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The success of laboratory examination depends mainly on
the proper collection, preservation and despatch of
suitable materials. Whereas the field veterinarian can view
the entire carcass and note the condition of all the organs,
the laboratory technician will have to depend upon only the
materials supplied to him. It is, therefore, very necessary
for the field veterinarians to supply for the laboratory
examination all such materials that are likely to be of value
in the diagnosis. The covering letter should contain all
particulars of the specimens, preservatives used, history of
the case and the time of animal's death and that of
necropsy. The field veterinarian should also enclose a
copy of the post-mortem examination report and mention,
when possible, the disease suspected and the specific
tests required. For quick disposal of the material, it is
advisable to forward one copy of the covering letter by
post and to enclose another in the parcel containing the
specimen. All possible measures should be taken for
specimens to reach the laboratory in the shortest possible
time after their collection.

The materials required for diagnosis and the methods to
be adopted for their collection and preservation depend on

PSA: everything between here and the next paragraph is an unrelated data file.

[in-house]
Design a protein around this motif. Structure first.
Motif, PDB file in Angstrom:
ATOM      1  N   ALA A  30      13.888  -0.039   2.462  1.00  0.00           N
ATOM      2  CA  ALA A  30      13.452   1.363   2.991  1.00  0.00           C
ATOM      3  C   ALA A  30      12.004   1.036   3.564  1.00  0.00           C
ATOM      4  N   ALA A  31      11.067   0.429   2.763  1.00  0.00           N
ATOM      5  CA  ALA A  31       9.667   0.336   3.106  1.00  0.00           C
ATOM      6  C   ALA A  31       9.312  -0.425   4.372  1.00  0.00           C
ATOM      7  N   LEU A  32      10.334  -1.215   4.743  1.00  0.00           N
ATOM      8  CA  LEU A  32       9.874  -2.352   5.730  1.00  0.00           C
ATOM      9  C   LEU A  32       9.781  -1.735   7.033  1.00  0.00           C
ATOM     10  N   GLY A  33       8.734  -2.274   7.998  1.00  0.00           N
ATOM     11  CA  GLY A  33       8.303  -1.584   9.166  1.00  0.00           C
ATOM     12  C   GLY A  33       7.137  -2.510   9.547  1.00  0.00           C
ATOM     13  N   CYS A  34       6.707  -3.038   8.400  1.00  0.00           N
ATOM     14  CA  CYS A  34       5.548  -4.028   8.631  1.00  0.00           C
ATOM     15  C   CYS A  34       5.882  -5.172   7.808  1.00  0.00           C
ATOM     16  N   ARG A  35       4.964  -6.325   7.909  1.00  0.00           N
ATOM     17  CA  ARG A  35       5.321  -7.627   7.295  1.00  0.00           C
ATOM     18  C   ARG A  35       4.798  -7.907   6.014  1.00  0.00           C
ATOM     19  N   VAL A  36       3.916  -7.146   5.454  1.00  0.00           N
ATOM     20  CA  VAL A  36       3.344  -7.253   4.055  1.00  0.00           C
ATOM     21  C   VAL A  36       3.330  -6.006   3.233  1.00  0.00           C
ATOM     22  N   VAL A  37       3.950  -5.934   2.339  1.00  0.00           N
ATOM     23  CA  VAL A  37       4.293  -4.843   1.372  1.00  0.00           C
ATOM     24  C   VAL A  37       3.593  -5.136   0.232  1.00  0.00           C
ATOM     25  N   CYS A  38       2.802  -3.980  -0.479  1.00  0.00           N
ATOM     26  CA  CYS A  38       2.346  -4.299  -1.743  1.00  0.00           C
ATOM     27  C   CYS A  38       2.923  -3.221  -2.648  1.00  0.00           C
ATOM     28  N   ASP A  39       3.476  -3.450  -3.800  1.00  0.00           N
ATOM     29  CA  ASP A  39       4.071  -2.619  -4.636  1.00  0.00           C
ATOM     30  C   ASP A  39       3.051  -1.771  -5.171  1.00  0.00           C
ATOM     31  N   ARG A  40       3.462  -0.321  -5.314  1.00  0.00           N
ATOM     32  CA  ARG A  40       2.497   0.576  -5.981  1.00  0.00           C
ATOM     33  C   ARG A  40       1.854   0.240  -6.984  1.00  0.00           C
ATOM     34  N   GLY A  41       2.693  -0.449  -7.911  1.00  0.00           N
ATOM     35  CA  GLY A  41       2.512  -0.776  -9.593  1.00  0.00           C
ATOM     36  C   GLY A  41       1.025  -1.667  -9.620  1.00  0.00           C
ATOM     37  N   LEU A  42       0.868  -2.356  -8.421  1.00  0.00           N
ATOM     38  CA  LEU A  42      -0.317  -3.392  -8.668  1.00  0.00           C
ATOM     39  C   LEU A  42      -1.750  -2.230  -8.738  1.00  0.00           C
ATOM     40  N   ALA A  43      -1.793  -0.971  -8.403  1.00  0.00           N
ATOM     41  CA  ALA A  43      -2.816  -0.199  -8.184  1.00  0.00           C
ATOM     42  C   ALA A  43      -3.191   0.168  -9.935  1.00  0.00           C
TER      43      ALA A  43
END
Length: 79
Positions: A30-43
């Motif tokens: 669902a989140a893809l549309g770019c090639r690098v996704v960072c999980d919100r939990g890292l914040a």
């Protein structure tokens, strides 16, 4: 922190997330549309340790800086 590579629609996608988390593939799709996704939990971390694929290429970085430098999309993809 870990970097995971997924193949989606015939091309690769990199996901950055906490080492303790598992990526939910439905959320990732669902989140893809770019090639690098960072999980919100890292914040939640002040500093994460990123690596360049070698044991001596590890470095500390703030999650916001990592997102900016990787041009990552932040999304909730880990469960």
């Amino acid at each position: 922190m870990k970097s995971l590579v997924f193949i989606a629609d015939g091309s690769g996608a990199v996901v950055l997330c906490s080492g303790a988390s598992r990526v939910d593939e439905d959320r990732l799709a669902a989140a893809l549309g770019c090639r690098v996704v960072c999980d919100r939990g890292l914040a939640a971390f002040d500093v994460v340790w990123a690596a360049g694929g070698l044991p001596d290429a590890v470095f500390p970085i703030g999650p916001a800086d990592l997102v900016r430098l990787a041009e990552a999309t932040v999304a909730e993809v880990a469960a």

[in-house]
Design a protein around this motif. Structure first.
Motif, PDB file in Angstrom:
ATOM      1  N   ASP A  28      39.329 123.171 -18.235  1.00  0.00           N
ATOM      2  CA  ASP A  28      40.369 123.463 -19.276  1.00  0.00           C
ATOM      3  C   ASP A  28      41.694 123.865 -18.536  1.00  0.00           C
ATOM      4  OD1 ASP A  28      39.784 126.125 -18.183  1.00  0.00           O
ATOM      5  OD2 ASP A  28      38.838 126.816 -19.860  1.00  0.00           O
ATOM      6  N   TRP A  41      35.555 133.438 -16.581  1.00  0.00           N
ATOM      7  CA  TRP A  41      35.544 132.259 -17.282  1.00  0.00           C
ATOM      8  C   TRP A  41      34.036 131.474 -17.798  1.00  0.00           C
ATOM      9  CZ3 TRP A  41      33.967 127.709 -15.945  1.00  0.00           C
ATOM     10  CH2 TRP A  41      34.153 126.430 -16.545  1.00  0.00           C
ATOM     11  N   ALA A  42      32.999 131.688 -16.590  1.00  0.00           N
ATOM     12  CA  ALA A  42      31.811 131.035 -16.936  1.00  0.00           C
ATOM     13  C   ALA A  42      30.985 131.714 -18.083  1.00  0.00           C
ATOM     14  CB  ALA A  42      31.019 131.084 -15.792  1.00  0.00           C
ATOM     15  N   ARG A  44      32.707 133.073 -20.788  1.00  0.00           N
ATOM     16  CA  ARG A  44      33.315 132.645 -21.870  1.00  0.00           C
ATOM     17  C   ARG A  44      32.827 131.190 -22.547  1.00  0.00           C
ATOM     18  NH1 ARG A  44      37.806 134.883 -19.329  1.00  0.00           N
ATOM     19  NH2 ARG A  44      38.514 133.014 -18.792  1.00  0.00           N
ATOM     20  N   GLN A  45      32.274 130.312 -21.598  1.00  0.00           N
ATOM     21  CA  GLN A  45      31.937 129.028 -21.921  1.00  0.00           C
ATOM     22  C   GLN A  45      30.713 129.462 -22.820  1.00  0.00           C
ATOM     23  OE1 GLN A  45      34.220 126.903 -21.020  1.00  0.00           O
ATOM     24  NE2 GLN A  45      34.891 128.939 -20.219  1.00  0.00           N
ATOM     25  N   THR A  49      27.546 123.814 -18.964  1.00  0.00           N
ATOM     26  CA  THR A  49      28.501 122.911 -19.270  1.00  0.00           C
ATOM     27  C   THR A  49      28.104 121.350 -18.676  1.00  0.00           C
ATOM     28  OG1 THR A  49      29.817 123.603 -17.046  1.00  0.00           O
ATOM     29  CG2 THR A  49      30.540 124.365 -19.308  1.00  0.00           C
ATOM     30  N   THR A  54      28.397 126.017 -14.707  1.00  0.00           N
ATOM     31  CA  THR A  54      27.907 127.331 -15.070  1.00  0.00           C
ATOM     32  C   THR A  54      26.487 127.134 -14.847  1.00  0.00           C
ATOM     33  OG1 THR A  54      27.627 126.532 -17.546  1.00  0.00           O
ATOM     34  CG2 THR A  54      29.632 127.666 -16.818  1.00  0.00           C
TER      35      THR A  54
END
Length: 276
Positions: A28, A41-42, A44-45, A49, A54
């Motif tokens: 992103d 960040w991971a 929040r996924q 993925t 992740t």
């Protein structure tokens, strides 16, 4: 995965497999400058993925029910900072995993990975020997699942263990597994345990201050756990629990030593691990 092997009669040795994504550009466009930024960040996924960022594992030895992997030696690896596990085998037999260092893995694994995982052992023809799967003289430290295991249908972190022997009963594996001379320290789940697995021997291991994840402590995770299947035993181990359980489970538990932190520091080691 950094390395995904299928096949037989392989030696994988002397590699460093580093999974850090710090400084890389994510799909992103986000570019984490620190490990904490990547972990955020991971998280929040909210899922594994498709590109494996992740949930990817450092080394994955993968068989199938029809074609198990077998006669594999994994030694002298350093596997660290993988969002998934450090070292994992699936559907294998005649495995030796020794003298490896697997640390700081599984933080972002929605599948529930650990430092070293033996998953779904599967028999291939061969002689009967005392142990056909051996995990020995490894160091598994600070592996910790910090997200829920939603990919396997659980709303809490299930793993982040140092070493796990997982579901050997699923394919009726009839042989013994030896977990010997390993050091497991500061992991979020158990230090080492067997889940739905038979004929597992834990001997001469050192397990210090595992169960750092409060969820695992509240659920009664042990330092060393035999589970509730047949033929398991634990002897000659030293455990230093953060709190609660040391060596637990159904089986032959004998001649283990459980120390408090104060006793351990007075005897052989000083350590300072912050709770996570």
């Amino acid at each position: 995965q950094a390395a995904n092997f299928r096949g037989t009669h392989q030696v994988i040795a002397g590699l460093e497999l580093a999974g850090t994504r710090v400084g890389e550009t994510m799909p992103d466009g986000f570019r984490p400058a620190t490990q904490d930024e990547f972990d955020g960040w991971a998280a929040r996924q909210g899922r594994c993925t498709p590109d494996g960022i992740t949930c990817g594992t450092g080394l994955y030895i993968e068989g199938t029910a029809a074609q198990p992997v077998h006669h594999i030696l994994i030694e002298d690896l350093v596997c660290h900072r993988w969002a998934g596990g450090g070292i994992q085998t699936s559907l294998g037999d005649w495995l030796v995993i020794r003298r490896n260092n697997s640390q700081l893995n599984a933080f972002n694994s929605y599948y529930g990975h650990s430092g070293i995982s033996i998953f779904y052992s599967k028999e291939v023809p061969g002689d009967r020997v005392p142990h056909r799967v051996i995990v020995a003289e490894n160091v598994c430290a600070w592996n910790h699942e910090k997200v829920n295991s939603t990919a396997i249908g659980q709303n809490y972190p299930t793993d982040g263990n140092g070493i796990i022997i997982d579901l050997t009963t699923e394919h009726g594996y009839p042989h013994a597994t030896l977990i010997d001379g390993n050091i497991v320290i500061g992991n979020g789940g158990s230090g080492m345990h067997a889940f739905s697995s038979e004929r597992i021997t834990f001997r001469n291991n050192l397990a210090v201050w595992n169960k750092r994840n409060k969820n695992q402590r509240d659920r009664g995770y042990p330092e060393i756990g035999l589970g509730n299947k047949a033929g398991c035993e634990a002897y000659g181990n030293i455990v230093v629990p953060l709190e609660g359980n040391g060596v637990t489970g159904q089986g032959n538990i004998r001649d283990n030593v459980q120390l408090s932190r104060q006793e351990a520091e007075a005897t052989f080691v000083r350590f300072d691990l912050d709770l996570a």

several factors such as the kind of examination required,
the disease under investigation, the apparatus available,
the atmospheric conditions and the length of interval
between collection and laboratory examination. However,
the general requirements are given in the following pages.

The glass-slides used for making smears should be
absolutely clean and free from grease. Standard firms
supply slides for ready use. If unclean, they should be
washed in water and. after they have been drained and
dried, immersed in a 5% solution of hydrochloric acid in
alcohol for a few
hours. The use of methylated spirit should be avoided for
preparing this solution as it turns milky on contact with
water. The slides should then be washed thoroughly in
running water and kept in absolute alcohol or rectified
spirit in a clean-stoppered bottle. When required for use,
they may be removed with a pair of forceps and the
alcohol burnt off by passing the slide through a flame.


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